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Citizenship Under Fire: Democratic Education in Times of Conflict

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Synopses & Reviews

Publisher Comments:

Citizenship under Fire examines the relationship among civic education, the culture of war, and the quest for peace. Drawing on examples from Israel and the United States, Sigal Ben-Porath seeks to understand how ideas about citizenship change when a country is at war, and what educators can do to prevent some of the most harmful of these changes.

Perhaps the most worrisome one, Ben-Porath contends, is a growing emphasis in schools and elsewhere on social conformity, on tendentious teaching of history, and on drawing stark distinctions between them and us. As she writes, "The varying characteristics of citizenship in times of war and peace add up to a distinction between belligerent citizenship, which is typical of democracies in wartime, and the liberal democratic citizenship that is characteristic of more peaceful democracies."

Ben-Porath examines how various theories of education--principally peace education, feminist education, and multicultural education--speak to the distinctive challenges of wartime. She argues that none of these theories are satisfactory on their own theoretical terms or would translate easily into practice. In the final chapter, she lays out her own alternative theory--"expansive education"--which she believes holds out more promise of widening the circles of participation in schools, extending the scope of permissible debate, and diversifying the questions asked about the opinions voiced.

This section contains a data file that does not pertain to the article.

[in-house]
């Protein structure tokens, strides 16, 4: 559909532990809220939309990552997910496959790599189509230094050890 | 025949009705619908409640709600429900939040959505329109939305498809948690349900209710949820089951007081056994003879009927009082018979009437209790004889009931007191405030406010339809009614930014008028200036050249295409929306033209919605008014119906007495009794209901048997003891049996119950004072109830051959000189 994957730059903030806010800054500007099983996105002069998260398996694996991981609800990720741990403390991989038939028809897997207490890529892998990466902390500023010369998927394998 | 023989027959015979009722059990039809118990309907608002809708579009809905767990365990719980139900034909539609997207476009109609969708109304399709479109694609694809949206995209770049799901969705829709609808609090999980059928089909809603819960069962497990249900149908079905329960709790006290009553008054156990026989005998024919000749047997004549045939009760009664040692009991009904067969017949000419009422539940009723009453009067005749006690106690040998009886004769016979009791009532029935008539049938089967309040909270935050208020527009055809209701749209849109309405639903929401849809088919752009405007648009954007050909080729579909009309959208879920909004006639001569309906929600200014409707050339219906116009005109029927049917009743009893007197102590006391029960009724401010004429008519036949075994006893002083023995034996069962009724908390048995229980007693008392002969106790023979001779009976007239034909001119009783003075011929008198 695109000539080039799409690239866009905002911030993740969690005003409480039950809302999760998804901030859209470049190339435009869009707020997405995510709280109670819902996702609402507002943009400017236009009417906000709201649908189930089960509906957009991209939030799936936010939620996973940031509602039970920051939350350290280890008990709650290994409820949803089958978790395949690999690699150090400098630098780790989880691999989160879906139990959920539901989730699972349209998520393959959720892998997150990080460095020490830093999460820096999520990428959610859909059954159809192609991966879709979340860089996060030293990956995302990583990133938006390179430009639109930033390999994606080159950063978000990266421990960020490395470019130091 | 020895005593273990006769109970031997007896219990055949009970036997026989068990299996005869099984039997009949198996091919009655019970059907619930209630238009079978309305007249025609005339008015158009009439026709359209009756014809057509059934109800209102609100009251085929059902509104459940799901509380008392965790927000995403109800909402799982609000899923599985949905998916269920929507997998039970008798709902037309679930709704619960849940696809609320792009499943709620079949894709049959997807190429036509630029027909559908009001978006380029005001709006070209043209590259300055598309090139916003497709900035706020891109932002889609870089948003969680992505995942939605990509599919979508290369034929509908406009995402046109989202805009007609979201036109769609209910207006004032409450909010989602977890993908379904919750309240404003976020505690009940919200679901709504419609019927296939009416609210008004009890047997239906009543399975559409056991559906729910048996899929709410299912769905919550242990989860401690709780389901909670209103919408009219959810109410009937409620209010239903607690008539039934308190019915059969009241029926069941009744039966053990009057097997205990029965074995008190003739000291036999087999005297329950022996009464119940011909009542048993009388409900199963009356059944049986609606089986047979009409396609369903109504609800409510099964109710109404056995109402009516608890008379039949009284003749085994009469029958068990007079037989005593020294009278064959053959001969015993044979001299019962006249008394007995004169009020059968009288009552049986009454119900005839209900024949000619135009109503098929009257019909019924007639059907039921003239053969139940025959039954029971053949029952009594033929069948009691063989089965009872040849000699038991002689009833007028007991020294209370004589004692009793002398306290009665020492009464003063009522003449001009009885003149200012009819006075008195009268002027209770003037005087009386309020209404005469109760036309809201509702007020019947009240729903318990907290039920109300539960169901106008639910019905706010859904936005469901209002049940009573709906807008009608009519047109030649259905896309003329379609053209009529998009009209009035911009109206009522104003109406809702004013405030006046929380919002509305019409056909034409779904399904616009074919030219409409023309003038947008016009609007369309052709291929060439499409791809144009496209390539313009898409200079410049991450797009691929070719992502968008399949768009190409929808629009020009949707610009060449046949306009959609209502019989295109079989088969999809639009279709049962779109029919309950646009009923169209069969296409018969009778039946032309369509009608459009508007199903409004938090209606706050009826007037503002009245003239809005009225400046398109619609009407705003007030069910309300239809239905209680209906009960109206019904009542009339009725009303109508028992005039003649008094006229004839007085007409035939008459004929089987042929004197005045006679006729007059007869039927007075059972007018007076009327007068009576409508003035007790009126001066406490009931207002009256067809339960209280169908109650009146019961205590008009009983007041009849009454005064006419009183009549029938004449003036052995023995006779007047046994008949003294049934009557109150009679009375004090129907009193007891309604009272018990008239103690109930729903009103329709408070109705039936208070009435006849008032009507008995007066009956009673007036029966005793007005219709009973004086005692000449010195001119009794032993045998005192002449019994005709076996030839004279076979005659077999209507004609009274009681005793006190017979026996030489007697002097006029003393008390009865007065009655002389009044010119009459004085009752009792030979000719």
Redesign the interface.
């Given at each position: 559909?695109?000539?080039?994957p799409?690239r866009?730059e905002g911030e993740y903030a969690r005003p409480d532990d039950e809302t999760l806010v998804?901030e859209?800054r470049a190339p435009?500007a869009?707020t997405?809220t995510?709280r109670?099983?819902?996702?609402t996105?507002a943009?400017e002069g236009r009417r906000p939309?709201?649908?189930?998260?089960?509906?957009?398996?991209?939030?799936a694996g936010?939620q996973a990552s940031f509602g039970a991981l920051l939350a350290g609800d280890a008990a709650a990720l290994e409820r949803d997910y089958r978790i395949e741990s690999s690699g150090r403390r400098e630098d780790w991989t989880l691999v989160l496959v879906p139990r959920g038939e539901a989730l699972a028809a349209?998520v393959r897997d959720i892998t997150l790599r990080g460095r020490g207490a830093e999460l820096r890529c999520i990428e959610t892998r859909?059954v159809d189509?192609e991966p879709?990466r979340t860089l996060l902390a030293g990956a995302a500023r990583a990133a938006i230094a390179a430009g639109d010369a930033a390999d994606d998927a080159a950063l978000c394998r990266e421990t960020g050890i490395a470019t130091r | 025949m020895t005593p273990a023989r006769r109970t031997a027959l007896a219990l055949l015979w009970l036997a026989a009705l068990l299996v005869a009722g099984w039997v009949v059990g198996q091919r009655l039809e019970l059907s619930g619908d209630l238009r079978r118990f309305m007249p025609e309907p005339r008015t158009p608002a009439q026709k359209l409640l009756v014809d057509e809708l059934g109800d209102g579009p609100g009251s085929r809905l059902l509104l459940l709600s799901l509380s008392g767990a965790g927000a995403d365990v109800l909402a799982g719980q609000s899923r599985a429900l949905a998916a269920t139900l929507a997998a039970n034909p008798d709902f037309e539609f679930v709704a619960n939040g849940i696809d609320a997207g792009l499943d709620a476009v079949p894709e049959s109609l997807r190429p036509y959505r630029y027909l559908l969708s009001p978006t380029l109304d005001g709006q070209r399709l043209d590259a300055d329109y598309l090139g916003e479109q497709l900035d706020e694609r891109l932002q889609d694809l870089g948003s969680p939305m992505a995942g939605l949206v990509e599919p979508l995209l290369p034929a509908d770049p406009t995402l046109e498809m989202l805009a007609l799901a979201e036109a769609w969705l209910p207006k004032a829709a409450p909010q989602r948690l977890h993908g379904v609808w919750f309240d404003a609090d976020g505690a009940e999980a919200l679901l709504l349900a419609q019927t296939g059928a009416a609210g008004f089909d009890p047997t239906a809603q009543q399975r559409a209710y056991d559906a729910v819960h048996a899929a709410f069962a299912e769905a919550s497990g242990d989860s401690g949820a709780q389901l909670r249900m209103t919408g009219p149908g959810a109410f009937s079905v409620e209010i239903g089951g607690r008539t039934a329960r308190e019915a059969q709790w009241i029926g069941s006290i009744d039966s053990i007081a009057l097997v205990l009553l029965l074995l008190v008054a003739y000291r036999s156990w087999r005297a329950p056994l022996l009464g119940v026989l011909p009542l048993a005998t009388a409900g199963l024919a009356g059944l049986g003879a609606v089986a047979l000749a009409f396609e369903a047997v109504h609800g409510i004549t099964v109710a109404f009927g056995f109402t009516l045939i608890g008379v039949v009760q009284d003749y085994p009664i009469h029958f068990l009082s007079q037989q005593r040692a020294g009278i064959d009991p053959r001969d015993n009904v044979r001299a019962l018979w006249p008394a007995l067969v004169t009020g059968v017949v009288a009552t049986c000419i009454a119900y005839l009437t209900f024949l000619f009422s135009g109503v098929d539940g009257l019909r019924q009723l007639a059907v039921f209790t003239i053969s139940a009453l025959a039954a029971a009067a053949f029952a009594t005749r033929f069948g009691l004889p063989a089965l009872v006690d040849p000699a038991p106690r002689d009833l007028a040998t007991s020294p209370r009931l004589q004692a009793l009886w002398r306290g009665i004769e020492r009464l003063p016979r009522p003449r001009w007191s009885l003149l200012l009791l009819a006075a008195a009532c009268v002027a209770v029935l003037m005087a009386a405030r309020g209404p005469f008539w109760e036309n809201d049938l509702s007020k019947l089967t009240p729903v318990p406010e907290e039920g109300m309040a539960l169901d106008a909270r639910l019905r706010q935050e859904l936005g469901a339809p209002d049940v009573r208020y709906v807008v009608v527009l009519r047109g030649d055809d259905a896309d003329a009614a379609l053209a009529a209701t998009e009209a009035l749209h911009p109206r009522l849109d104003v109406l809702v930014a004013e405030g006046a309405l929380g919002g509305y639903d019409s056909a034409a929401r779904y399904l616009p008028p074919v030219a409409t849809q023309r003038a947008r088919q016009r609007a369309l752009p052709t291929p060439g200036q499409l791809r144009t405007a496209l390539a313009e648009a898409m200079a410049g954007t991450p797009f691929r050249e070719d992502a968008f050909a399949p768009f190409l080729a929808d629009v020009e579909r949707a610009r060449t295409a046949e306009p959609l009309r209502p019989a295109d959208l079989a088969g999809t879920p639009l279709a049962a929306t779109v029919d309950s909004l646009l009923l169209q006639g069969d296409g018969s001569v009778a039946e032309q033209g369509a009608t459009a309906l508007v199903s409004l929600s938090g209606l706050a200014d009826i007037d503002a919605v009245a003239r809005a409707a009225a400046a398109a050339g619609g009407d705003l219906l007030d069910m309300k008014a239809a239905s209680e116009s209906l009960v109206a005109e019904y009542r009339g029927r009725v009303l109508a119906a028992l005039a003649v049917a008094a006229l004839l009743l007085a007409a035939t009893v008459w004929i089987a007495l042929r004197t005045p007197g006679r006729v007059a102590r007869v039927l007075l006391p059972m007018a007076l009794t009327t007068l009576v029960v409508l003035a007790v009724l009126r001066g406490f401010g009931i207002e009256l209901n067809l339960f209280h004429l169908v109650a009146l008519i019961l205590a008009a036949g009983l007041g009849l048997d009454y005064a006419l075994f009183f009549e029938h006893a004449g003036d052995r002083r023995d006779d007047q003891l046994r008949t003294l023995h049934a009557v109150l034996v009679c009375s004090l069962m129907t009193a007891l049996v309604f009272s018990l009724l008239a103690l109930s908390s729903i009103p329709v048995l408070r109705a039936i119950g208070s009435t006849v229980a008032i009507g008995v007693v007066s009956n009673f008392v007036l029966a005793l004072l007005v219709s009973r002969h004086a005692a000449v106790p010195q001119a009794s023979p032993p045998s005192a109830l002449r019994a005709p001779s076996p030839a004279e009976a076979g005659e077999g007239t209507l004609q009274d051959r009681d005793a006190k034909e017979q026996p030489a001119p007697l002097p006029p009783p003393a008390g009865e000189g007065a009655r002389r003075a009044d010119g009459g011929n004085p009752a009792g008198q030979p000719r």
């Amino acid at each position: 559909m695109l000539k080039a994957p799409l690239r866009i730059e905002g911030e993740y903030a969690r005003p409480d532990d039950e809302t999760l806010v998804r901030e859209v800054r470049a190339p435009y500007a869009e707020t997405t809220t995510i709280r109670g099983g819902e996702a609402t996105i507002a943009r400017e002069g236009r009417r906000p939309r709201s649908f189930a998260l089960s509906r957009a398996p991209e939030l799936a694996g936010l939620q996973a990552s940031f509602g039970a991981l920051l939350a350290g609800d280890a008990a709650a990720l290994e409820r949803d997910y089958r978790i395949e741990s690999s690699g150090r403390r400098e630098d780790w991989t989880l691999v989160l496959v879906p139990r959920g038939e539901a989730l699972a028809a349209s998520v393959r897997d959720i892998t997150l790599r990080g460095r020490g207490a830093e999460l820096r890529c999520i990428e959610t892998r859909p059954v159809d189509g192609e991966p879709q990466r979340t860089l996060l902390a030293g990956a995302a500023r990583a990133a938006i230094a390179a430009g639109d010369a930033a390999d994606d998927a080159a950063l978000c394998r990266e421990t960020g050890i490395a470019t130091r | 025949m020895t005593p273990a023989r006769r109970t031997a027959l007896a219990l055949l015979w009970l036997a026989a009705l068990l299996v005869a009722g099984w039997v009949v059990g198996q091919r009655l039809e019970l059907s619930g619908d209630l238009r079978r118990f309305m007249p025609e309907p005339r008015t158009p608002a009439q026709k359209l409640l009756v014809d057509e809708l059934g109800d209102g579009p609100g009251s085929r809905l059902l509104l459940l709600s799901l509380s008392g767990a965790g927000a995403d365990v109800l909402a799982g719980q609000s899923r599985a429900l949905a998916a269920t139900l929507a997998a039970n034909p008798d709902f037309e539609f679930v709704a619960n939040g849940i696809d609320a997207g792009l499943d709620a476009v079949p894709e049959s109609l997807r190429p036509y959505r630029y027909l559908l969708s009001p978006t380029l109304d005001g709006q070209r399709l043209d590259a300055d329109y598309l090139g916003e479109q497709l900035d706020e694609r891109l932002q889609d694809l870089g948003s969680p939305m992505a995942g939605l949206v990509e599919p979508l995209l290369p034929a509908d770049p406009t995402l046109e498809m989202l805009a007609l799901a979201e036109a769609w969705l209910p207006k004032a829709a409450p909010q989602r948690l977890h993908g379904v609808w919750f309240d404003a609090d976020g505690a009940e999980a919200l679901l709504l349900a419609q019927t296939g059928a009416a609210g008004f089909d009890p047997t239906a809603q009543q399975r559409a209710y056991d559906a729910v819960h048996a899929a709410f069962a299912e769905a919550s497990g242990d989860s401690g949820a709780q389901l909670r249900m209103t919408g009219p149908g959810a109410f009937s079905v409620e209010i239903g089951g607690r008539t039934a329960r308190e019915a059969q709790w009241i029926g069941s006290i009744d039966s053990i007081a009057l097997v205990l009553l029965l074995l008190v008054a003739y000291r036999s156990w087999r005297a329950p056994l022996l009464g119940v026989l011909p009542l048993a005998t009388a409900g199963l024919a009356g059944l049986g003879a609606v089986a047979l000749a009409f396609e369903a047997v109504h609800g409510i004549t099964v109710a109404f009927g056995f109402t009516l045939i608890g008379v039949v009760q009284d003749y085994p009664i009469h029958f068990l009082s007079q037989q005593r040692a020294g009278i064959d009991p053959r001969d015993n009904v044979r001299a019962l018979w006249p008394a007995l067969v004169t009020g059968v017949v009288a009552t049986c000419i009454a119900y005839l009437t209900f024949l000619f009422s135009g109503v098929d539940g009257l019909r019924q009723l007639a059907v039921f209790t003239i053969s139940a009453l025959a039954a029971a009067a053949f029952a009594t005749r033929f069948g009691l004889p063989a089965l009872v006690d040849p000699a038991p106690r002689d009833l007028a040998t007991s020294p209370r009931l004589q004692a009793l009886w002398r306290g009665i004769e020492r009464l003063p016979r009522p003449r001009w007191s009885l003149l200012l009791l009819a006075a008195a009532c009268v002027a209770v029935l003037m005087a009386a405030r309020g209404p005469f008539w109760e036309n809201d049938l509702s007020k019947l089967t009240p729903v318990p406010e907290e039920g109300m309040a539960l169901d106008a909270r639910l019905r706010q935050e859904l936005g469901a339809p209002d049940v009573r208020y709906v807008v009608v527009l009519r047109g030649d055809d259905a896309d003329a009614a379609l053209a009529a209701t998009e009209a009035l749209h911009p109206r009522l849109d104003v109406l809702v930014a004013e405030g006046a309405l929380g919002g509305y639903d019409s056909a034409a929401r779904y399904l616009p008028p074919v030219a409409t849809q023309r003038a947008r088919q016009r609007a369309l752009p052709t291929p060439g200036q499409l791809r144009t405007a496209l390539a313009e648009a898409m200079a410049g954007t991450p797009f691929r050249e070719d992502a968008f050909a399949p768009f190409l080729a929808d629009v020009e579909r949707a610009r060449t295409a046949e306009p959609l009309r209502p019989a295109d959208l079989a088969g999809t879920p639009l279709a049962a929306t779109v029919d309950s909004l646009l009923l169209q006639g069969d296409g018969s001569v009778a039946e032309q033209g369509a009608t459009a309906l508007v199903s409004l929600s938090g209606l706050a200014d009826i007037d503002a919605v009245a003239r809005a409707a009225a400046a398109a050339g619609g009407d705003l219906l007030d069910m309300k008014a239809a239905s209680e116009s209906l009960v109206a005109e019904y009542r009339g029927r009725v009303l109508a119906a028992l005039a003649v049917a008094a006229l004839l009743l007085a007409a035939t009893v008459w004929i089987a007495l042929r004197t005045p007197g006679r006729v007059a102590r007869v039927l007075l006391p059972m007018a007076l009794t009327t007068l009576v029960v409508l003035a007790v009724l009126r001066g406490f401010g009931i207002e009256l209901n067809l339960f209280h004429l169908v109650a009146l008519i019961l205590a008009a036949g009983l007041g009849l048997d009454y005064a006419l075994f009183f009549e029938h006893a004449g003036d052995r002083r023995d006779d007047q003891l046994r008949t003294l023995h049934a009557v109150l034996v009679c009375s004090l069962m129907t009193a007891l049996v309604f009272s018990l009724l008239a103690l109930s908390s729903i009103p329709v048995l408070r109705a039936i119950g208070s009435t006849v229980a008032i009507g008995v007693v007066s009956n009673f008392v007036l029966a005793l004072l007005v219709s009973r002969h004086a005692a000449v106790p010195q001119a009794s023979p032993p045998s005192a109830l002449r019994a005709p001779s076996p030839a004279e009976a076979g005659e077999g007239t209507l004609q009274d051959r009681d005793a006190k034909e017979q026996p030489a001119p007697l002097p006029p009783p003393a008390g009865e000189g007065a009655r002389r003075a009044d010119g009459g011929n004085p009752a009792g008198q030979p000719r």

Synopsis:

"This timely book addresses a host of pressing issues, from teaching history and civics to accommodating diversity and dissent. Combining insights from feminist thought, multicultural theory, and democratic education, Ben-Porath offers an admirably balanced and insightful account of the complex demands that democracies face in time of war."--Amy Gutmann, University of Pennsylvania

"This book has all the ingredients of a classic text: it opens a new line of scholarly inquiry that, afterwards, seems hard to believe hadn't been opened before. Ben-Porath's main theme--civic education during wartime--has never been addressed in as comprehensive and inventive a manner."--Rob Reich, Stanford University

"Engaging and original. This book deals with important themes in a way that engages with a wide range of literature and literatures. The topic is timely and what the author has to say about it is important."--Harry Brighouse, University of Wisconsin, Madison

Synopsis:

Citizenship under Fire examines the relationship among civic education, the culture of war, and the quest for peace. Drawing on examples from Israel and the United States, Sigal Ben-Porath seeks to understand how ideas about citizenship change when a country is at war, and what educators can do to prevent some of the most harmful of these changes.

Perhaps the most worrisome one, Ben-Porath contends, is a growing emphasis in schools and elsewhere on social conformity, on tendentious teaching of history, and on drawing stark distinctions between them and us. As she writes, "The varying characteristics of citizenship in times of war and peace add up to a distinction between belligerent citizenship, which is typical of democracies in wartime, and the liberal democratic citizenship that is characteristic of more peaceful democracies."

Ben-Porath examines how various theories of education--principally peace education, feminist education, and multicultural education--speak to the distinctive challenges of wartime. She argues that none of these theories are satisfactory on their own theoretical terms or would translate easily into practice. In the final chapter, she lays out her own alternative theory--"expansive education"--which she believes holds out more promise of widening the circles of participation in schools, extending the scope of permissible debate, and diversifying the questions asked about the opinions voiced.

About the Author